title of series: and sometimes not at all
The place of my childhood, a typical suburb of Munich is actually fairly boring – you don’t really want to take pictures there. But as a child I didn’t mind that. We moved there when third grade had already started, so I was the new kid. My mother was a single parent and nobody was there to watch me when the after school care centre was closed.
I was a latchkey child. If you said “good day”, “please” and “thank you”, shunned Coca Cola and wanted to get into the higher schools, that was well liked by the middle class people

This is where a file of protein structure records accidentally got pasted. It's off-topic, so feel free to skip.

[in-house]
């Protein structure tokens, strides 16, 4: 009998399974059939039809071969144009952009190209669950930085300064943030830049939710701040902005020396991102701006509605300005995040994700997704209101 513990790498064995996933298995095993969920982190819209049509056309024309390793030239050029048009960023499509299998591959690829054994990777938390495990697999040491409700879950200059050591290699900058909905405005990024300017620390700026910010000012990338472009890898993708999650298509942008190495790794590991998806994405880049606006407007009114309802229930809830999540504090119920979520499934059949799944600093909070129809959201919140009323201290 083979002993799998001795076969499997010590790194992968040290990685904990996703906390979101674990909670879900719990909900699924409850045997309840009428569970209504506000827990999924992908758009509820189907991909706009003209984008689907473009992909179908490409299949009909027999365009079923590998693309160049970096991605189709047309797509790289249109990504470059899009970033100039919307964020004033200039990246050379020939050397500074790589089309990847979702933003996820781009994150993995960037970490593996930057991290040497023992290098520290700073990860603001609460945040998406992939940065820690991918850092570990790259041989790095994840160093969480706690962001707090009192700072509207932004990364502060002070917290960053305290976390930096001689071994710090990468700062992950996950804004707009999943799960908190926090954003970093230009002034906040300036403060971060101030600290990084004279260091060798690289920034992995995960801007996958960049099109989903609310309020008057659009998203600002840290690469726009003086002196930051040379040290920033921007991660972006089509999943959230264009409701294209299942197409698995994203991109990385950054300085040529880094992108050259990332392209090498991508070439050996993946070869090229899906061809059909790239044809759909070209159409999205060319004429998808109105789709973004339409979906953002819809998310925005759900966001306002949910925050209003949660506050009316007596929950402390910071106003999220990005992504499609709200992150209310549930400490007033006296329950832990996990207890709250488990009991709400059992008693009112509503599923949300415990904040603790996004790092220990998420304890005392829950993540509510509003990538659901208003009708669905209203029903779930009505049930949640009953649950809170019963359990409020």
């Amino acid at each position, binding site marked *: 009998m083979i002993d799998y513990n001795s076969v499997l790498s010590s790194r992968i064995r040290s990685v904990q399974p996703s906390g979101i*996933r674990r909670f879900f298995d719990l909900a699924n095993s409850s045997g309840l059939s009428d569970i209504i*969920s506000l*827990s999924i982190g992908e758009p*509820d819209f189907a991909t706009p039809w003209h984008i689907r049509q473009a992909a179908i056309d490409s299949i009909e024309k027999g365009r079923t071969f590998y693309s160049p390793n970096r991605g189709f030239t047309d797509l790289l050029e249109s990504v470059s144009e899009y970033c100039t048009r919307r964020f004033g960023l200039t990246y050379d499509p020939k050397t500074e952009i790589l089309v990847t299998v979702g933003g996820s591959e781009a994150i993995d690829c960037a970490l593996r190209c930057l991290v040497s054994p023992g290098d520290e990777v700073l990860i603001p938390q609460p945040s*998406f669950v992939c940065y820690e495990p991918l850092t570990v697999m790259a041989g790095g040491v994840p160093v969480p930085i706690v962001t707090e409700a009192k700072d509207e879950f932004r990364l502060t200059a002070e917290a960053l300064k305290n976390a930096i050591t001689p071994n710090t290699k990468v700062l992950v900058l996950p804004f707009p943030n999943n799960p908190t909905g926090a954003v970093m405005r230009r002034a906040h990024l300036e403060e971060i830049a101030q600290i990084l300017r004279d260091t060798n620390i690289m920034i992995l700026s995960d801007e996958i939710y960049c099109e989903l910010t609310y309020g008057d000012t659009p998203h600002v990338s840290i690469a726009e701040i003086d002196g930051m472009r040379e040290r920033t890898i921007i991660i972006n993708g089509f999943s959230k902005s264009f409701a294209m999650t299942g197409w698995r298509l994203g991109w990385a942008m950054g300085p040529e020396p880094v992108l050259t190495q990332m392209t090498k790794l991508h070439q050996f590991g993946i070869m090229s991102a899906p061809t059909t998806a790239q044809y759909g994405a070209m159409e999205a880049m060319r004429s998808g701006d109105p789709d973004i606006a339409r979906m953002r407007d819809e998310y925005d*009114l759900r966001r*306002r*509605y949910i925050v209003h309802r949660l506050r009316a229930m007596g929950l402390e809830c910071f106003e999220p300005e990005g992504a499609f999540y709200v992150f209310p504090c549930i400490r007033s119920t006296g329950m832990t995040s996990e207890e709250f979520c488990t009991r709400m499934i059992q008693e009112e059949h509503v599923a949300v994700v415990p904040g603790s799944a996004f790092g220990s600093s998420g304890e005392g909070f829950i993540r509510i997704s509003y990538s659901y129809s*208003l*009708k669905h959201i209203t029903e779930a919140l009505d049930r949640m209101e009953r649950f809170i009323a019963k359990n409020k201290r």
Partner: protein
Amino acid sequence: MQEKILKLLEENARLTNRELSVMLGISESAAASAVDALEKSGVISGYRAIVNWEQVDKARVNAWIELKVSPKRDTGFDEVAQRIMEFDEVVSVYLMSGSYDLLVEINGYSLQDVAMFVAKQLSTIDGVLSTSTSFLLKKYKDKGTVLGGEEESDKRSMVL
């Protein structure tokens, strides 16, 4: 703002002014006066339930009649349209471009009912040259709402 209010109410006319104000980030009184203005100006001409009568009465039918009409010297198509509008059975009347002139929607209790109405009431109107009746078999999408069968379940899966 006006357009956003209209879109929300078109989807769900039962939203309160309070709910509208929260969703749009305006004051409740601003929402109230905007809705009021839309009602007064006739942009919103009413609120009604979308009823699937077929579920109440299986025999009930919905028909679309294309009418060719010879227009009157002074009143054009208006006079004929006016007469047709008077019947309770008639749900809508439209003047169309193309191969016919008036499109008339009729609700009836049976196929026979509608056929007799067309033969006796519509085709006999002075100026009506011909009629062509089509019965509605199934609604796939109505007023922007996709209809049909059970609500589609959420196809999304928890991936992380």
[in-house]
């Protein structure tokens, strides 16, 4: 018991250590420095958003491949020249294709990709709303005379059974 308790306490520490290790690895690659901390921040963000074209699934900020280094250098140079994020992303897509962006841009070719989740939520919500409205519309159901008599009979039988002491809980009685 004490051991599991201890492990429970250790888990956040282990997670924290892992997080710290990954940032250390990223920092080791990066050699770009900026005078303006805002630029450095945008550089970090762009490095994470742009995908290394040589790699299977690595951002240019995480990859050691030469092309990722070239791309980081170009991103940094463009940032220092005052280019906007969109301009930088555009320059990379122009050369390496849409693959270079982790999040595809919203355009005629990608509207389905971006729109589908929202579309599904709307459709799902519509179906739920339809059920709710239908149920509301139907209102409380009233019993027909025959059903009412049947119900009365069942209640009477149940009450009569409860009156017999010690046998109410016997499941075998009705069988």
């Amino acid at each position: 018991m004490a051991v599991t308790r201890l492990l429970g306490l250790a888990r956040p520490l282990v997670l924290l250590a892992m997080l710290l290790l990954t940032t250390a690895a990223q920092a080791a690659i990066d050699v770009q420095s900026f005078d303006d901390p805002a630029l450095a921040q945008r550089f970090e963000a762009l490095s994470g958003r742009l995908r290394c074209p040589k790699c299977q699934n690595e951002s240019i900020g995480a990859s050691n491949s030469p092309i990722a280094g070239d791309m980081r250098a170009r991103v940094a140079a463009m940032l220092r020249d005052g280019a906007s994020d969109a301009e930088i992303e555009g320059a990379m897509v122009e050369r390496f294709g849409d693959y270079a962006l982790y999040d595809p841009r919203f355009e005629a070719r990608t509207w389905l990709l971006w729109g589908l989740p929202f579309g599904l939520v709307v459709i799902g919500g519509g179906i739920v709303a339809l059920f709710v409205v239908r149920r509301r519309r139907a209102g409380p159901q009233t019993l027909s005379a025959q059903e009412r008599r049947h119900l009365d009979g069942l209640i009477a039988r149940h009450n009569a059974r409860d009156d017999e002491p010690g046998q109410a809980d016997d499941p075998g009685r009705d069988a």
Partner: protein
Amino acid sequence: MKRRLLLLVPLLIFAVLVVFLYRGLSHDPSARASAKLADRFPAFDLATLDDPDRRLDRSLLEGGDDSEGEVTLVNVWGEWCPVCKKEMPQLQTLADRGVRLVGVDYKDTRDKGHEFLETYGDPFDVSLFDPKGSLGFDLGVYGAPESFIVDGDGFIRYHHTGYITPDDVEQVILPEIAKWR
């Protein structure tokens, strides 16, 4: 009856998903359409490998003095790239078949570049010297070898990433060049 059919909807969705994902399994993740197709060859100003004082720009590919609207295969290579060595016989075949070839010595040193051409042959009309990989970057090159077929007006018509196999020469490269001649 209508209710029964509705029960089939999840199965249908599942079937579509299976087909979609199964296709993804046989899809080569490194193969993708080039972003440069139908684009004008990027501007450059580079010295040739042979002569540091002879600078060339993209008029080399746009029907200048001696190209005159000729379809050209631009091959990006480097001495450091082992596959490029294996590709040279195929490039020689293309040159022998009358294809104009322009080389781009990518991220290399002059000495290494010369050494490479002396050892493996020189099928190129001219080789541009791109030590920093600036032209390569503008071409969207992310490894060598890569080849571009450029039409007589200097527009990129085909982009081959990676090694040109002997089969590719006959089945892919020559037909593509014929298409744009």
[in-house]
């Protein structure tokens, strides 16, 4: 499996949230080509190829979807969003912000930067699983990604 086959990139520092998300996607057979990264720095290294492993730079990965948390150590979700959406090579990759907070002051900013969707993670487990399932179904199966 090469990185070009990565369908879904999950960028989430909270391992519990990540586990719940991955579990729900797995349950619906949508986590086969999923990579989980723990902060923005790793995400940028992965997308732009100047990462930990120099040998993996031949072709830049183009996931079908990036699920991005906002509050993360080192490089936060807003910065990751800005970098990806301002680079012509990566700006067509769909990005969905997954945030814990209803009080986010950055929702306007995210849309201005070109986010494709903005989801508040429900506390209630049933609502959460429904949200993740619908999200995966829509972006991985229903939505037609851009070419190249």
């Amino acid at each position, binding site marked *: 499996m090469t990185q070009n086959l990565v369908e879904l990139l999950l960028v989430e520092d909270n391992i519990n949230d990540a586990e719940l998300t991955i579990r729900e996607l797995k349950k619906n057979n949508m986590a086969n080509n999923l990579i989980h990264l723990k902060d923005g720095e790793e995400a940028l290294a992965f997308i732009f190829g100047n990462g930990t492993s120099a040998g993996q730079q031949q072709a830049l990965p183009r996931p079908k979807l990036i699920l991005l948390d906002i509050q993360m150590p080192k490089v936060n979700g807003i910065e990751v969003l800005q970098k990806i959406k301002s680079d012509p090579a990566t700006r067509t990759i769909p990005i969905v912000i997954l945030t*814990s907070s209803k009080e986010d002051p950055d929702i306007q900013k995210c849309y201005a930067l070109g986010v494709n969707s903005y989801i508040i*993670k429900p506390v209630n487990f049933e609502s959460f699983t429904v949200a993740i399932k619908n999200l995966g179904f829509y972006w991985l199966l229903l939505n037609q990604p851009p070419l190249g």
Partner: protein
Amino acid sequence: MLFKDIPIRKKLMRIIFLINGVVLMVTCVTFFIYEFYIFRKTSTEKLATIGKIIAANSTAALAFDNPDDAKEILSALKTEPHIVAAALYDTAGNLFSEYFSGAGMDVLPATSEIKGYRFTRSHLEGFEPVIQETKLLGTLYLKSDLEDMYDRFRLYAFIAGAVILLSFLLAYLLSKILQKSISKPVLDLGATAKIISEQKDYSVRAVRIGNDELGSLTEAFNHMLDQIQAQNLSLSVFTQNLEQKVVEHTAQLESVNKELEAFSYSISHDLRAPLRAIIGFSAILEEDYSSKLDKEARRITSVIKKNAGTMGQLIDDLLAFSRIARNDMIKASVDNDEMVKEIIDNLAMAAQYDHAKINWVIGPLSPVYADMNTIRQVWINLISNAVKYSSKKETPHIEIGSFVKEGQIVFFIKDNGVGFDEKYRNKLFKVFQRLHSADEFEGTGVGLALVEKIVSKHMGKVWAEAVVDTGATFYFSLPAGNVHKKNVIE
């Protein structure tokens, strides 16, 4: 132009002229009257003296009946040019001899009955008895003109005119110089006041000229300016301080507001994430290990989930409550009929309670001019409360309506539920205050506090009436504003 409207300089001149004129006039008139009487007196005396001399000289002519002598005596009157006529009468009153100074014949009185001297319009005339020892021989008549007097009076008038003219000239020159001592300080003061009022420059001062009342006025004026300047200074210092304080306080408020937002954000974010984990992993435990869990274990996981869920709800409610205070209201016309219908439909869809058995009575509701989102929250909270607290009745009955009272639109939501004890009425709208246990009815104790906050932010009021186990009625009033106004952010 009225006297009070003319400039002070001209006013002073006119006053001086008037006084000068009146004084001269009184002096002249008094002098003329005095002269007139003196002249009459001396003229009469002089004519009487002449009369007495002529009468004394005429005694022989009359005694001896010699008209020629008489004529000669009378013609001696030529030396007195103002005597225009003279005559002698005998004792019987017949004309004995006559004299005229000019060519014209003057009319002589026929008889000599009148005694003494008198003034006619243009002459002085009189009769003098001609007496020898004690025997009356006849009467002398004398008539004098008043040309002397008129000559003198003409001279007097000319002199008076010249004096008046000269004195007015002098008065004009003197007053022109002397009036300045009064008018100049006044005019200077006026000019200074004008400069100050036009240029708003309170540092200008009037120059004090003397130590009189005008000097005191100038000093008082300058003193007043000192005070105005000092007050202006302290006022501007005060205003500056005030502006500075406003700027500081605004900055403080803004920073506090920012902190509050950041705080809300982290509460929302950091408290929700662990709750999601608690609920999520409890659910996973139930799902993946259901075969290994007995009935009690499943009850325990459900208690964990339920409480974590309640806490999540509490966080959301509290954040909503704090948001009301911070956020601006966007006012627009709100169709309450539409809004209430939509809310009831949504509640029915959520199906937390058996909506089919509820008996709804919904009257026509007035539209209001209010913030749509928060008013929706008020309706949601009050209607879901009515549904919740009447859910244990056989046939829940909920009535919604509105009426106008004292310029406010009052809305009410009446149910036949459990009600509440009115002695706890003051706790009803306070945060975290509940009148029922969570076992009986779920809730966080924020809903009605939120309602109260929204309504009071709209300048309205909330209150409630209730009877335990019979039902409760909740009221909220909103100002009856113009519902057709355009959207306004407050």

working in Munich, who migrated daily by train back and forth from the block of flats. But I had everything I needed: other kids to play with, a hill for sledding in the winter and a lake to swim in in the summer. Everything was so convenient. The area we ranged through without our parents was huge. There were no parents sitting at the playground with us to make sure we weren’t throwing sand. We could get to the river, the cornfields or the ZDF TV studios by bike. My mother did not have the money for a bicycle with gears, so I stuck a playing card with a clothes peg between the spokes and the sound imitated the cool clacking of a bike with gears. That was enough to make me feel extremely strong and happy. During my childhood, time and possibilities seemed infinite and I would never have thought it could be too late for anything, ever.